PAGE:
Information and Reality is a project whose main objective is to analyze the nature of what we call reality and its relationship with information. The idea that information emerges from physical reality is something that today does not allow discussion, there being innumerable examples that show it in an intuitive way. In fact, computer technology is based on the coding and processing of information on physical structures, which in turn led Richard Feynman to propose the use of quantum structures in what is now known as quantum computing.

From a scientific point of view, the proof that this is so is found in the Landauer’s principle that determines the minimum amount of energy to erase a bit or the Bekenstein bound that establishes the amount of average energy needed to correctly receive a bit through a communication channel and which is a direct consequence of the Shannon-Hartley theorem. In both cases, said energy responds to the expression Eb>=k·T·ln2 where k is the Boltzmann constant and T is the absolute temperature of the medium.

As a consequence of the similarity of the actual processes and their description in terms of information, over time, a new vision has been developed, proposing that information and reality are intimately linked. Perhaps the first reference on this subject is that proposed by Leo Szilard to solve Maxwell’s demon, suggesting that the diminution of the entropy of the system would be compensated by the information acquired by the demon in the process of measurement, causing an increase of its own entropy. But, undoubtedly, the development of information theory has been the main trigger of the philosophical idea that information is the basis of reality, since it establishes an astonishing parallelism between real processes and information. This has made it a recurring theme, reflected in the ideas or opinions raised by a long list of authors, including Steven Weinberg and John A. Wheeler.

In spite of all this, it could be said that today the idea that information and reality are the same thing seems to be nothing more than pure speculation, which in many cases leads to articles and books of exoteric content, to which we will not refer.

However, the fact that mathematics allows to describe the actual processes is a proof of the existence of a nexus between them that, from its origin, has raised the question about the nature of mathematics.  Imagine for a moment that, with our current view of things, we find an element of reality that cannot be formally expressed. It would be an extraordinary event!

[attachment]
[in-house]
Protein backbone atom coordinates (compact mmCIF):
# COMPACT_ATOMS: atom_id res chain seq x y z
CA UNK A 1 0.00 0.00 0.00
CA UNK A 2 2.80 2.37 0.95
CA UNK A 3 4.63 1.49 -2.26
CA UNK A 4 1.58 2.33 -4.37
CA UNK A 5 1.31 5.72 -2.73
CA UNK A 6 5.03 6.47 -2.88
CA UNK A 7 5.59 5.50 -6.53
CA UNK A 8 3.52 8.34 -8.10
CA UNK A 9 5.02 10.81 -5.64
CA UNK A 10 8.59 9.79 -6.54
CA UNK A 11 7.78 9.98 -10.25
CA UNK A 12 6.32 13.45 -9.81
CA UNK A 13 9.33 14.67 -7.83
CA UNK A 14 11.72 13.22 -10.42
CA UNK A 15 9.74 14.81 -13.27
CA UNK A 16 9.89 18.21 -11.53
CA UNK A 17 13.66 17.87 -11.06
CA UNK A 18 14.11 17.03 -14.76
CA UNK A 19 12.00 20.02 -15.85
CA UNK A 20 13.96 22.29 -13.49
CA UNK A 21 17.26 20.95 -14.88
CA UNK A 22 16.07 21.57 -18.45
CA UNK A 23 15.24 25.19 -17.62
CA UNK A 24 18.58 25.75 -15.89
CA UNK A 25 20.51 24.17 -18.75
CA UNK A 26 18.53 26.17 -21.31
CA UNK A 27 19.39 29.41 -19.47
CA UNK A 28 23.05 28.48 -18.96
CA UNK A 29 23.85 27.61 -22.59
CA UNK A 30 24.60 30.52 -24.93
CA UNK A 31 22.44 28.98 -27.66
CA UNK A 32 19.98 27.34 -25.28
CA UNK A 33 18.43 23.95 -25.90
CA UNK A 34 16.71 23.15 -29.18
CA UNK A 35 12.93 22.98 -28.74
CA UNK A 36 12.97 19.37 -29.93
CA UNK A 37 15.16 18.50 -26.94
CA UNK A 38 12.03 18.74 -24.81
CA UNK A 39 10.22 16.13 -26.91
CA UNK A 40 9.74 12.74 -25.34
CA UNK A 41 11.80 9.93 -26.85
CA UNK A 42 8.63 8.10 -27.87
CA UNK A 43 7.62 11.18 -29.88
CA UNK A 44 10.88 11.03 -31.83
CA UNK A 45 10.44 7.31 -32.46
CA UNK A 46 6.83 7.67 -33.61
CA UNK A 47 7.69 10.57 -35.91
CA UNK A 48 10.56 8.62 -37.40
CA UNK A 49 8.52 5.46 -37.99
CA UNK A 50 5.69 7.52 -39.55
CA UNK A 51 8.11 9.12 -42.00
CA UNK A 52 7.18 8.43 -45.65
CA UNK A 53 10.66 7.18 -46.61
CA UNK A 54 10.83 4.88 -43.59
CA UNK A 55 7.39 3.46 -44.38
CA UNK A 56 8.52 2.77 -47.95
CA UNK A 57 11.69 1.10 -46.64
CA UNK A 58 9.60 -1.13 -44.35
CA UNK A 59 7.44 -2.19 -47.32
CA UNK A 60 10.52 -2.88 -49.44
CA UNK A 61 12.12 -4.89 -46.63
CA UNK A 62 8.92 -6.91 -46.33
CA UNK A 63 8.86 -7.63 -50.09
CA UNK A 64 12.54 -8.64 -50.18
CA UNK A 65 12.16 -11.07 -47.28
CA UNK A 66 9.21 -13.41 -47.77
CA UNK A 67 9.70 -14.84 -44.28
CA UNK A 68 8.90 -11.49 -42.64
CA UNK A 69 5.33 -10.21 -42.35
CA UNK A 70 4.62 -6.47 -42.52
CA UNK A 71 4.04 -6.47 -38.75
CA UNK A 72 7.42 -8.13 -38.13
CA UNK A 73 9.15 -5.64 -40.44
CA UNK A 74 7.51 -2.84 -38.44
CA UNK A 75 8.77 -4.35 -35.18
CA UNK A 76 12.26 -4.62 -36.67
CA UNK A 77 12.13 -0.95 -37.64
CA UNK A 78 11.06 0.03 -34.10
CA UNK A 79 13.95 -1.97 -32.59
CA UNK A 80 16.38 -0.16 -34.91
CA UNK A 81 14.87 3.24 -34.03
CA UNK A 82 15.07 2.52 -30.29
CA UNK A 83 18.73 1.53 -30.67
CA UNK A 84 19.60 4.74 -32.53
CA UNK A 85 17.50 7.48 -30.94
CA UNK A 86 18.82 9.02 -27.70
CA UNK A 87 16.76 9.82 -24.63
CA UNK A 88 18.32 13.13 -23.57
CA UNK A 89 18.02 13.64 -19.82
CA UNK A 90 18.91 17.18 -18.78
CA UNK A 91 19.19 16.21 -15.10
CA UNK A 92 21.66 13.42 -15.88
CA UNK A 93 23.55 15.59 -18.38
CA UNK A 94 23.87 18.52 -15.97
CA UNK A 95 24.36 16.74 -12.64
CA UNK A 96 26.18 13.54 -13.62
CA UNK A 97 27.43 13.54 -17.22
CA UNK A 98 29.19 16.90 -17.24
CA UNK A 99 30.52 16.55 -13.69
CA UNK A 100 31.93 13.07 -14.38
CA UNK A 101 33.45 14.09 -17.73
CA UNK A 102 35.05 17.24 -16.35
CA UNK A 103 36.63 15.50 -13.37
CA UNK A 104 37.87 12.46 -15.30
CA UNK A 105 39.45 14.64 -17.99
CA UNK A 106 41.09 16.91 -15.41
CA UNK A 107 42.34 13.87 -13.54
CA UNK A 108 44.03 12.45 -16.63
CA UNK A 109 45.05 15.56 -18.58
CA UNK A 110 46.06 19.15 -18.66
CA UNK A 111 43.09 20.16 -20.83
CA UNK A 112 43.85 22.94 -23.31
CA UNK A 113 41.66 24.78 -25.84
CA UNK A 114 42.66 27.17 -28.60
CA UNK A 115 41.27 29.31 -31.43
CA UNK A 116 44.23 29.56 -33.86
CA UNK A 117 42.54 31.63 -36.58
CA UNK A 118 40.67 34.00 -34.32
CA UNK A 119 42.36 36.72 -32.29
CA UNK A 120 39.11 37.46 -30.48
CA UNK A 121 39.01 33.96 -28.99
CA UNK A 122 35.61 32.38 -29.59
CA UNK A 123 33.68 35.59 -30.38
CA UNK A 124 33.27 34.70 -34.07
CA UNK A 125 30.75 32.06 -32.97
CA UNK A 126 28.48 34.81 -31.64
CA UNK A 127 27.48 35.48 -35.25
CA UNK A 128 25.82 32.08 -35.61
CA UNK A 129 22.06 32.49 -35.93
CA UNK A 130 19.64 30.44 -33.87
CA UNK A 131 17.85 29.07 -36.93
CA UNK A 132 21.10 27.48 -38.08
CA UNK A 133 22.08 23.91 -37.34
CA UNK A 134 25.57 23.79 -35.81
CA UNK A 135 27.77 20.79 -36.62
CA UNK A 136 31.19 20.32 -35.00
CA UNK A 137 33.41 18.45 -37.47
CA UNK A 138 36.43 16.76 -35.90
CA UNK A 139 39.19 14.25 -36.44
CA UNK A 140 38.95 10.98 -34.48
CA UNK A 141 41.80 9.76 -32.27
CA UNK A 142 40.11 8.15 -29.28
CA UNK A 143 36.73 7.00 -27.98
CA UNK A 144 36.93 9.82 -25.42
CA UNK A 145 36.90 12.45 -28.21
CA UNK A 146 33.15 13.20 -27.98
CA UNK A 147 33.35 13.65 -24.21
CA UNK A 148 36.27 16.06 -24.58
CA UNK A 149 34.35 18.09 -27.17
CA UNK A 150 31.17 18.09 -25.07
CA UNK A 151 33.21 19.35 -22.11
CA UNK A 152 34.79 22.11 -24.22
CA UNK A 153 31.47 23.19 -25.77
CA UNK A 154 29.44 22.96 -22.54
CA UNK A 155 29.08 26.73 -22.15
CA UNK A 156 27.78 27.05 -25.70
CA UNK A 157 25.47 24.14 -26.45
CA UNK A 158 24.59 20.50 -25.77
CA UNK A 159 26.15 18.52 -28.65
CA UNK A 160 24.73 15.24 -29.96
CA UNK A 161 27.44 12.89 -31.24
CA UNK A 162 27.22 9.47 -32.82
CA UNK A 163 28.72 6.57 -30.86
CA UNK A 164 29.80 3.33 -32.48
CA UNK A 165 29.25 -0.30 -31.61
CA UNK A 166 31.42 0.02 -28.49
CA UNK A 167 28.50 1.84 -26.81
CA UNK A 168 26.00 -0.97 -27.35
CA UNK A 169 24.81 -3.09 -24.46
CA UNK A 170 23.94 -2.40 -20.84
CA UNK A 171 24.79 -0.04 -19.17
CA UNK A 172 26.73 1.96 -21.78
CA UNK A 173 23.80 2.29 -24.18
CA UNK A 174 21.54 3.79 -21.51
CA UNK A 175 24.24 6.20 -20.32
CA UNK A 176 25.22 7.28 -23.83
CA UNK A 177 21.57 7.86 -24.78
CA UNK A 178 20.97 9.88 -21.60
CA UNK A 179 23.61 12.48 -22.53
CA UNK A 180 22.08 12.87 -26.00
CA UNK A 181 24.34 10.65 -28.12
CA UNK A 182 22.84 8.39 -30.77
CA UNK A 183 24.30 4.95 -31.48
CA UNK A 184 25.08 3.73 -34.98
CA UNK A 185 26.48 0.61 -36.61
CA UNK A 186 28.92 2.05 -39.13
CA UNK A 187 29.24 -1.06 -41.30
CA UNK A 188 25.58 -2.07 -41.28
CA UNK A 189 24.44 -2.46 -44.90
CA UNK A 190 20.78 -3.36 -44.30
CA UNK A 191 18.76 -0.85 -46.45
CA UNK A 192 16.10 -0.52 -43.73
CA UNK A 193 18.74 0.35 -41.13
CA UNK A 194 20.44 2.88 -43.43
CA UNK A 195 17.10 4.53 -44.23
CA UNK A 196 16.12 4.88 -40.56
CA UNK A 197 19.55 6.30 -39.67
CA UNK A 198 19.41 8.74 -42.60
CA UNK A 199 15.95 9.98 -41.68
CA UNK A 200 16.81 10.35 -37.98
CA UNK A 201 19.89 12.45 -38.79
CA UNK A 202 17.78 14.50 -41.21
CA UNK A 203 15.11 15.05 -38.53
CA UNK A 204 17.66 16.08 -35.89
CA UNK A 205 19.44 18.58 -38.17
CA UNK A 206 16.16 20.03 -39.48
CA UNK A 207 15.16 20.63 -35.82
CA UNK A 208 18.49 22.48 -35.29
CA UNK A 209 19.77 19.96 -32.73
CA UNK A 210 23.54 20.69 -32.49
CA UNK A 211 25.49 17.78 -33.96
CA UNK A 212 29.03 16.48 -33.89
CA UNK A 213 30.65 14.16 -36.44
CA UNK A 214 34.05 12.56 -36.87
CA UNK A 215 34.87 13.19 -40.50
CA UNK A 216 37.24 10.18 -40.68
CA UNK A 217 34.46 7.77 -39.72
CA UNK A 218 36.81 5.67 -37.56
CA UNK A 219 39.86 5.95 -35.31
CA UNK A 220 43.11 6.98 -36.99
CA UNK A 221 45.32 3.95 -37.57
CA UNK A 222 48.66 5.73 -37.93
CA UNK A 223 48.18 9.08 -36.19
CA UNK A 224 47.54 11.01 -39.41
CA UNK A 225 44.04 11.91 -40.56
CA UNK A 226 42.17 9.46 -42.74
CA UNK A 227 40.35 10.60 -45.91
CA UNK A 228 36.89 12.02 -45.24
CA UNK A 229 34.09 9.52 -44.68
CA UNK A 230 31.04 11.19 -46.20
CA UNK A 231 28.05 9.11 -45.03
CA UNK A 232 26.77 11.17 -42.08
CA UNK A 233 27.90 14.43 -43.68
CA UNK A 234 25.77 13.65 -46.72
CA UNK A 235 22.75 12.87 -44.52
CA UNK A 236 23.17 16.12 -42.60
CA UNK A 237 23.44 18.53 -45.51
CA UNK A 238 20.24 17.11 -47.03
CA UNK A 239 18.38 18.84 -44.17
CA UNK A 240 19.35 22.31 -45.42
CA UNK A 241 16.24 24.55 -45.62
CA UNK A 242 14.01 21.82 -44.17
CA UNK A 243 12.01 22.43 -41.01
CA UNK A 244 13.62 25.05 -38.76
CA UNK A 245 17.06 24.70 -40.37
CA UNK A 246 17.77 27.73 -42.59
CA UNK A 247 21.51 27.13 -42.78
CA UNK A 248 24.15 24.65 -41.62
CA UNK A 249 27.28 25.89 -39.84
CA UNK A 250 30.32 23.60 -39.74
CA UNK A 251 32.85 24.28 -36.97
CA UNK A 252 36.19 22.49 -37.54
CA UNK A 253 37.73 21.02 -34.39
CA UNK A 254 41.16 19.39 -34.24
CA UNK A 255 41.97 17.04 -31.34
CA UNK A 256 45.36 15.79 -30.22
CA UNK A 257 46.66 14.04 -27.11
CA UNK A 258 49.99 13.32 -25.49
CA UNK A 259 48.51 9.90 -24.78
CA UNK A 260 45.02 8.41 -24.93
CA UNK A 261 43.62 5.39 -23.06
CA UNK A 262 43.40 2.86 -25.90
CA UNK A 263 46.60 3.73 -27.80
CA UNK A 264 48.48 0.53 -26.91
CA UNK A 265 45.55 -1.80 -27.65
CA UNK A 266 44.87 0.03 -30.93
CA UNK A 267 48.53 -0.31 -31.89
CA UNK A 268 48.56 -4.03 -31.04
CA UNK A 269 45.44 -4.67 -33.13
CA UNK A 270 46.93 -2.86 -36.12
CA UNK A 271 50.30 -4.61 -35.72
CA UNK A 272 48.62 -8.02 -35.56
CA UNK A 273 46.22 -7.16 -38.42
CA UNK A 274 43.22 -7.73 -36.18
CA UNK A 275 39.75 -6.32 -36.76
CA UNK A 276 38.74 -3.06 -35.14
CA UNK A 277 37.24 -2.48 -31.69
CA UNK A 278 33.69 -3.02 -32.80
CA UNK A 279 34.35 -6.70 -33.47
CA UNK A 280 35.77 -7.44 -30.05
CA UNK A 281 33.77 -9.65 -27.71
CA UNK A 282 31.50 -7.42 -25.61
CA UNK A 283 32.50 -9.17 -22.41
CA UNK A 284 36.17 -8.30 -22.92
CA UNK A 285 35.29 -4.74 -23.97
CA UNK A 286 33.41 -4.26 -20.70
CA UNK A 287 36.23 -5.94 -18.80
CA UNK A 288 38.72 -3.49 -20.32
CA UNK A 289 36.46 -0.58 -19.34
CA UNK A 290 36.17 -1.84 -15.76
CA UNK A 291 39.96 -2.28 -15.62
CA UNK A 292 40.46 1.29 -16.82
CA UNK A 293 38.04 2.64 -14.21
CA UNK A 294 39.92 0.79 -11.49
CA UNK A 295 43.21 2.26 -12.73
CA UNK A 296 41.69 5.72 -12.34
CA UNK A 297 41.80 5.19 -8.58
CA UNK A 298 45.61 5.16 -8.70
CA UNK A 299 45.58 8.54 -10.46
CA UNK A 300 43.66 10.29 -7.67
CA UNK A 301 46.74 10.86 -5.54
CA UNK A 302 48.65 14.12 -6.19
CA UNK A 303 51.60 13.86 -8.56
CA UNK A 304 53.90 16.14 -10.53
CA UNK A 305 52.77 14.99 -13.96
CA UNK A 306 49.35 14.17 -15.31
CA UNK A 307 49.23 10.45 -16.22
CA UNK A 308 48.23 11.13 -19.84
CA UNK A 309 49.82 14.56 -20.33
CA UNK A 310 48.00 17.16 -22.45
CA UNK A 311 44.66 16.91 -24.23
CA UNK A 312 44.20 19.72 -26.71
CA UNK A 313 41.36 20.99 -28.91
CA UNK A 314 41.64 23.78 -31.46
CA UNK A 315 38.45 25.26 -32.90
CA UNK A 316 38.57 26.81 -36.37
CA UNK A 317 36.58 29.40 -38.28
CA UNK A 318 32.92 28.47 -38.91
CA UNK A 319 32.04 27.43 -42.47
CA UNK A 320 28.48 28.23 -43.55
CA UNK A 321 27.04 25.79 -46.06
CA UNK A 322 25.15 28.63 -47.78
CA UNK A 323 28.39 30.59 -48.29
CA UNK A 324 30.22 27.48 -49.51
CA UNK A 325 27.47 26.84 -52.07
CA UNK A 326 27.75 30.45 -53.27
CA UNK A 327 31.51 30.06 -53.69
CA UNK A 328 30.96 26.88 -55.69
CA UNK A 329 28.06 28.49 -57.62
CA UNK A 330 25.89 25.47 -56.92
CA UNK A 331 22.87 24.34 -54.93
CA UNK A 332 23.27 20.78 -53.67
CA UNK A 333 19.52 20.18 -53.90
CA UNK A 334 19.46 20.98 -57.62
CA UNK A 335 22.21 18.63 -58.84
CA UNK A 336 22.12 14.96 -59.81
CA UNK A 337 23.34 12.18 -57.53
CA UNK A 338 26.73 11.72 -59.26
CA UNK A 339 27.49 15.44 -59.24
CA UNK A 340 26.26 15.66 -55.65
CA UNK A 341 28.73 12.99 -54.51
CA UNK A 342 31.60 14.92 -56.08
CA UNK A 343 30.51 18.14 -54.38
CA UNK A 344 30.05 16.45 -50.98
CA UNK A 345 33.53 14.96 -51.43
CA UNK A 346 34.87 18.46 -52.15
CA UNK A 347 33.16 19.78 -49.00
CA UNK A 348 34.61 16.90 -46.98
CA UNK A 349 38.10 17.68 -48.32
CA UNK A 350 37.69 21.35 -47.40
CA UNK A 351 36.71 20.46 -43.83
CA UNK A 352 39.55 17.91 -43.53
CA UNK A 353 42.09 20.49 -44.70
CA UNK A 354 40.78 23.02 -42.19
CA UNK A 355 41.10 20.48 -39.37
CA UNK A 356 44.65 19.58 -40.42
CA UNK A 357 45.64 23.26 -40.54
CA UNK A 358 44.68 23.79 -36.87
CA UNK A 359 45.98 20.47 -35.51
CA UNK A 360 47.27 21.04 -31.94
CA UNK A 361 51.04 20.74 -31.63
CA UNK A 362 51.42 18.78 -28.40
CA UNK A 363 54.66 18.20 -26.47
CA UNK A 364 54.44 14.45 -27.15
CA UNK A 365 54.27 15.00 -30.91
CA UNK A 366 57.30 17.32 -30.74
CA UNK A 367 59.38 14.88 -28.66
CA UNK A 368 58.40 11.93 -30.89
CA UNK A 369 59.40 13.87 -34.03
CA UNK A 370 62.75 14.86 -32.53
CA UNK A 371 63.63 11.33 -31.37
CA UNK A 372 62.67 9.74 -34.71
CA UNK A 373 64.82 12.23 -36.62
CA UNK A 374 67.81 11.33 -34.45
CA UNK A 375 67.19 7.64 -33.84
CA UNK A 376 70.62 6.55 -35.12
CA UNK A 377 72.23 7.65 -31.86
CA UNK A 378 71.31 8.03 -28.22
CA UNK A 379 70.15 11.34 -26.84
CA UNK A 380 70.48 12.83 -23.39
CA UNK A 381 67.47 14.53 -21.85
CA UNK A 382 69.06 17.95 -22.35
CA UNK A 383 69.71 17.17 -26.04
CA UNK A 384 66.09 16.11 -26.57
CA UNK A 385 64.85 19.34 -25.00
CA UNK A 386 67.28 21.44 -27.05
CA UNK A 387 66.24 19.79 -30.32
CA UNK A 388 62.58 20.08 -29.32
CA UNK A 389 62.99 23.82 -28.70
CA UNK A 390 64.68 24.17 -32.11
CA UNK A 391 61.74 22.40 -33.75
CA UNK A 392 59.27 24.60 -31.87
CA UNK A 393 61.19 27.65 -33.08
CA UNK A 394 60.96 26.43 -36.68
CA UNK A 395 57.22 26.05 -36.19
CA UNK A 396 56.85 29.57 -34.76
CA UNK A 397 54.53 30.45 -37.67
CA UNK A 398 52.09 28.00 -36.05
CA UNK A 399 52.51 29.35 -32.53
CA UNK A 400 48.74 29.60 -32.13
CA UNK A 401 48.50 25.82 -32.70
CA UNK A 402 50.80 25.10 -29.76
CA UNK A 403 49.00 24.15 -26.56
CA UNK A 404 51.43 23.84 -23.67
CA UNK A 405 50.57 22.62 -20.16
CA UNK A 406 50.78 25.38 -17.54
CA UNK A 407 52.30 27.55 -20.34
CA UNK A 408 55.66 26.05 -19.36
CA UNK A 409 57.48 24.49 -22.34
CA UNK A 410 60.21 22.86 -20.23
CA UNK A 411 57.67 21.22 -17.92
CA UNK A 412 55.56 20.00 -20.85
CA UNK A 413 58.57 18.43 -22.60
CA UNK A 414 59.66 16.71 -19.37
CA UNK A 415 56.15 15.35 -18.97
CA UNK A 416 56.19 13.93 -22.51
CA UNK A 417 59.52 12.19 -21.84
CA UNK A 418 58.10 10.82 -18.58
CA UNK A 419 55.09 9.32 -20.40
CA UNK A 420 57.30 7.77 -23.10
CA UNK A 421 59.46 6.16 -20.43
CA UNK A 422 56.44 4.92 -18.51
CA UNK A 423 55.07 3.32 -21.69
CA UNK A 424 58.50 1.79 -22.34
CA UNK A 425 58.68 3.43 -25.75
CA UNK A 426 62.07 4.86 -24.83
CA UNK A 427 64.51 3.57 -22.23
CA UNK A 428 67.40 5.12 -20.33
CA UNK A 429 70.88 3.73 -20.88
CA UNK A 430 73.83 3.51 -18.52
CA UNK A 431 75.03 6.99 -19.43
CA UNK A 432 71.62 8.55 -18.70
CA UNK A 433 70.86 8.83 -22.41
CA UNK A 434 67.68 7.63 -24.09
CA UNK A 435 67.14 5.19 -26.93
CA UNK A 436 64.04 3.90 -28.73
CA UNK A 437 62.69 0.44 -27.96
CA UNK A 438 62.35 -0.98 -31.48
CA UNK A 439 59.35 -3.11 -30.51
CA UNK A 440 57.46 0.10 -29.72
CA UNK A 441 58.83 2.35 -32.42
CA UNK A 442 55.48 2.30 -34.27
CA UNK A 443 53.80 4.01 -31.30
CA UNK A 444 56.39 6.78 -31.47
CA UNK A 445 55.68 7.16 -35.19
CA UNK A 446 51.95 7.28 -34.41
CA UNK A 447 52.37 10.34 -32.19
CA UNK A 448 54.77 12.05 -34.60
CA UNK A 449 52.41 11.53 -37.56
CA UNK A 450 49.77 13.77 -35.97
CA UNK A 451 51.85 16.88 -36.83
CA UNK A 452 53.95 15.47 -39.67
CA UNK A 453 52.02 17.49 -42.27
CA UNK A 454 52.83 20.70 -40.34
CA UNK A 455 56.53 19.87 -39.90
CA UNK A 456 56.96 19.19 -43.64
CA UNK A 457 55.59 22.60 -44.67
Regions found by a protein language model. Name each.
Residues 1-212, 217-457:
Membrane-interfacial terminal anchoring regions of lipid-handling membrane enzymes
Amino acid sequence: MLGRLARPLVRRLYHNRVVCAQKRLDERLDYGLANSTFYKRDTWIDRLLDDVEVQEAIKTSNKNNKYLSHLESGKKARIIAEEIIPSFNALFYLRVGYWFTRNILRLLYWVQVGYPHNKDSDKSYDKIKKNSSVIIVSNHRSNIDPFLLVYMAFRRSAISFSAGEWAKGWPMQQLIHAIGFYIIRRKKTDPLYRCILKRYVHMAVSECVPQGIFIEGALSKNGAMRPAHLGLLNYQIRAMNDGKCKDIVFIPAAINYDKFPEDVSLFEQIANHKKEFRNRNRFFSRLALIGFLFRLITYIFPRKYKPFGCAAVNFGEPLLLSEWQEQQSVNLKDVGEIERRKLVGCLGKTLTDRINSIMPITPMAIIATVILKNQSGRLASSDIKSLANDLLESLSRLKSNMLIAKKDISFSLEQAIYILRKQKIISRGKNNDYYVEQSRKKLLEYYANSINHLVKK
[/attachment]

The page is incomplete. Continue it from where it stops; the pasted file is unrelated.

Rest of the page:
If we want to inquire about the relationship between reality and information we must go to the basis of its structure, or to the deeper physical reality, since information is currently an emerging entity. This, on the one hand, indicates that reality is structured into functional layers. But the difficulty is that the problem does not accept a direct solution, since our knowledge about the physical nature is partial and does not seem that the situation will change significantly in the near future. Moreover, one can intuit an unreachable physical reality, so this approach to the analysis of the problem does not seem the most appropriate.

Nevertheless, from the analysis of the ideas and opinions on the subject one can observe a certain deformation of the concept of information. This is possibly caused by the genesis of information theory, whose objective was the measurement and reliable transfer of information. In this way, when we refer to information we speak almost exclusively in terms of bits, without realizing that information is not only content but also processing. In this sense algorithmic information theory and computation theory can provide a more precise idea.

For all of the above, the project that is proposed is the analysis of the relationship between information and reality from a formal point of view combining abstract mathematical knowledge of information theory, algorithmic information theory and computation theory with what we define as reality, starting with the most profound physical models, since these would be the fundamental basis of the known reality. The analysis at higher levels of reality may be very illustrative but, as a consequence of how humans perceive reality, this approach may seem more speculative, so it could be an objective when the project will be in a more advanced state.

The idea is to decompose the problem into case studies, materialized in specific articles, in which the reality is analyzed in an abstract way, according to the criteria already mentioned. It is obvious that given the scope of the task, it is most likely a complete failure, but we will have learned something along the way and, above all, we will have used our time in a very demanding and motivating activity.

At the time of writing this presentation had already been written one of the articles, so in what has been expressed previously you could intuit the presence of Gödel’s incompleteness theorems!